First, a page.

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Tony Abbott Is Winning The Australian Energy Policy Battle

The Australian

The federal government is aiming to exclude the renewable ­energy target from its looming overhaul of the nation’s power supply in a key decision that will sharpen its divide with Labor on the use of coal and gas to guarantee energy security.

The government will leave the existing renewables scheme untouched to avoid a dramatic expansion in subsidies to solar and wind power, as it puts a ­priority on reliability after being warned of the prospect of blackouts.

Former prime minister Tony Abbott stepped up his warnings against taxpayer aid for wind and solar power, declaring “let’s not subsidise any more renewables” in order to rely on coal instead as the cheapest source of electricity.

The moves came as Malcolm Turnbull ramped up pressure on Labor over household energy costs, accusing Bill Shorten of misleading voters by claiming Sydney households had suffered a $1000 increase in their bills, a claim at odds with official figures.

Mr Turnbull accused the Opposition Leader of telling “one falsehood after another” in the hope that he would cut through to voters through repetition.

“He has no ­regard for the truth whatsoever,” Mr Turnbull told parliament. “He misled the Australian people by claiming that the Australian Energy Regulator’s figures show that under the time of the Coalition government, electricity prices for average Sydney households had gone up by $1000.

“That was completely untrue. There was no basis in fact.”

In a series of unsourced claims, Mr Shorten said Sydney prices had risen $1000 since 2013, while deputy Labor leader Tanya Plibersek said the price hike was “about $1000 a year” and others suggested the increase was $1000 a year for all households.

Energy Consumers Australia confirmed its analysis did not show a $1000 price increase, while the figure was not in a July news report in The Australian that Labor cited in parliament as the source for its claim.

Energy Minister Josh Frydenberg accused Labor of repeating its “Mediscare” tactics from last year’s election, bringing on a vote in the House of Representatives to condemn Mr Shorten for misleading voters.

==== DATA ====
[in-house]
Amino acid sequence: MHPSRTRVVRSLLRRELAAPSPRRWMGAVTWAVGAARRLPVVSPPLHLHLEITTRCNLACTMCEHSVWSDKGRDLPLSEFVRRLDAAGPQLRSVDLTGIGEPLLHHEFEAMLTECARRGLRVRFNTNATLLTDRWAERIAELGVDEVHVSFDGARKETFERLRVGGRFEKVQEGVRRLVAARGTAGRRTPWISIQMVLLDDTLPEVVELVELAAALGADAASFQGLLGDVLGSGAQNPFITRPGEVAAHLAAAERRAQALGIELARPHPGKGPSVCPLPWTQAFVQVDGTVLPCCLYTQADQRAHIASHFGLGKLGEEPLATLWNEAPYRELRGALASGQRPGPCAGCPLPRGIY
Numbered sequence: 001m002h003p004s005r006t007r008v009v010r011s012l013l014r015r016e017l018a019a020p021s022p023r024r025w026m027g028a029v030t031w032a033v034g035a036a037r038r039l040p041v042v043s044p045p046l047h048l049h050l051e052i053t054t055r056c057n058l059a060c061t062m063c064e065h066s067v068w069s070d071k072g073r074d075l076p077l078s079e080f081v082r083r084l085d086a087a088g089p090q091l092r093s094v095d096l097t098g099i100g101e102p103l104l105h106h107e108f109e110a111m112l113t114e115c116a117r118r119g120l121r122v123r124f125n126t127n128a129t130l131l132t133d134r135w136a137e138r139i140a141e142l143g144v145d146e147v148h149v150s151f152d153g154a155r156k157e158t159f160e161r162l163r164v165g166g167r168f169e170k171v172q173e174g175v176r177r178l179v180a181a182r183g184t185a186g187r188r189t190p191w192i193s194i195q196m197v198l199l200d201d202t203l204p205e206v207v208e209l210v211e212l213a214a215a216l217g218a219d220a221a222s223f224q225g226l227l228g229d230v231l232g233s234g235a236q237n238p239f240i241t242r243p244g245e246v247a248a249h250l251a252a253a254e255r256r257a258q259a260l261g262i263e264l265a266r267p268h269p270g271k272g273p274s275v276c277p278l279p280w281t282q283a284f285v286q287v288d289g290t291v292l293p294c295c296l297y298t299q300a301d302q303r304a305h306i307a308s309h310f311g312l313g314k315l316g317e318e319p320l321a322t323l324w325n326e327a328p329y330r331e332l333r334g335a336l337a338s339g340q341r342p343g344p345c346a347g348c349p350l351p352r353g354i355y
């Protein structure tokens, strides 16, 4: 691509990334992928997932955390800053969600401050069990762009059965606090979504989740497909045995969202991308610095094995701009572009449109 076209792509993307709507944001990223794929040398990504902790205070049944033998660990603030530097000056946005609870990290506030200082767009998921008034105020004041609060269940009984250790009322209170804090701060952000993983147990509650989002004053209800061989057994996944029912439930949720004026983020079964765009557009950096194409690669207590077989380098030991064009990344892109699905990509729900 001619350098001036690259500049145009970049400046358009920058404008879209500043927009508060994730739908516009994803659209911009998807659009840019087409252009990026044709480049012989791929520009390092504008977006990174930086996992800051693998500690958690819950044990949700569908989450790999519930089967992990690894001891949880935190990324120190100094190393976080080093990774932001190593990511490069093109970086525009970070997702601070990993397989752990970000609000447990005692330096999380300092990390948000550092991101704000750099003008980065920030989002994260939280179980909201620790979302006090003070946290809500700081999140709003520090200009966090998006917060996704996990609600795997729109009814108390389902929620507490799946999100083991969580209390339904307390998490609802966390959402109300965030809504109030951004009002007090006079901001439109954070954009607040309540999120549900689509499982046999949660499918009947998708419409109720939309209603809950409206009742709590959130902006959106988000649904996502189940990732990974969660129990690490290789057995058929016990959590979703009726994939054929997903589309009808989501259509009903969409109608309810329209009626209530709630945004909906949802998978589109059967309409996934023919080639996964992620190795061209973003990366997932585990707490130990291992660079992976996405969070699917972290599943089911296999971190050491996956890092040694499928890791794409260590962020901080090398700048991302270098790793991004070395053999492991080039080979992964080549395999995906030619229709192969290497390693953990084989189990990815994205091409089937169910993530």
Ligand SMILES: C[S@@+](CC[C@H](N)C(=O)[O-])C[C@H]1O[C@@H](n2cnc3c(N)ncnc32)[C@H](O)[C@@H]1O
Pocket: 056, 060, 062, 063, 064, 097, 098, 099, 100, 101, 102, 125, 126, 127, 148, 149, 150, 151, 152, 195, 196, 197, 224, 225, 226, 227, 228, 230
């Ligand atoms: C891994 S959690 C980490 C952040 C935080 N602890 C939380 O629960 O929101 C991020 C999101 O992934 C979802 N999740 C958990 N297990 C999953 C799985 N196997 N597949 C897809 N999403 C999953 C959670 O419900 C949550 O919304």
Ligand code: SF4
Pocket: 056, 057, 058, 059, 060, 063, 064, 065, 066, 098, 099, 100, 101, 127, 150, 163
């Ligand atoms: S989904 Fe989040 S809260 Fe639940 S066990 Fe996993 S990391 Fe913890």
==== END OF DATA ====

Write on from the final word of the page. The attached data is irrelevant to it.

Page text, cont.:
Opposition energy spokesman Mark Butler said the row showed the government was out of touch with households.

“Power prices are not going down — they are going up, and up, and up,” Mr Butler said, but he and his colleagues stopped making the $1000 claim after being challenged on their figures. The future of the renewable energy target, or RET, has been a vital question in the debate over the government’s long-term plan as big investors wait for an outcome in Canberra to guide billions of dollars of spending on new projects.

The Australian has been told the existing RET will remain in its current form out of concern at sovereign risk for investors if the scheme was overhauled again after being amended by Mr ­Abbott and his energy minister Ian Macfarlane in a deal with Labor two years ago.

The deal set a target to generate 23.5 per cent of the nation’s electricity from renewables by 2020, giving solar and wind operators and others subsidies funded by consumers.

Those subsidies were valued at $2 billion last year, according to an analysis by BAEconomics commissioned by the Minerals Council of Australia.

Mr Abbott told Sydney radio 2GB yesterday he did not want to see any subsidies for energy production, including for coal.

“Let’s not subsidise any more renewables, and if we don’t subsidise any more renewables we won’t need to subsidise coal, ­because coal in a normal market is the cheapest way of providing ­reliable power,” he said.

“We’ve got the absurd situation where we subsidise wind, allegedly to save the planet, and now we’re looking at subsidising coal to keep the lights on.”

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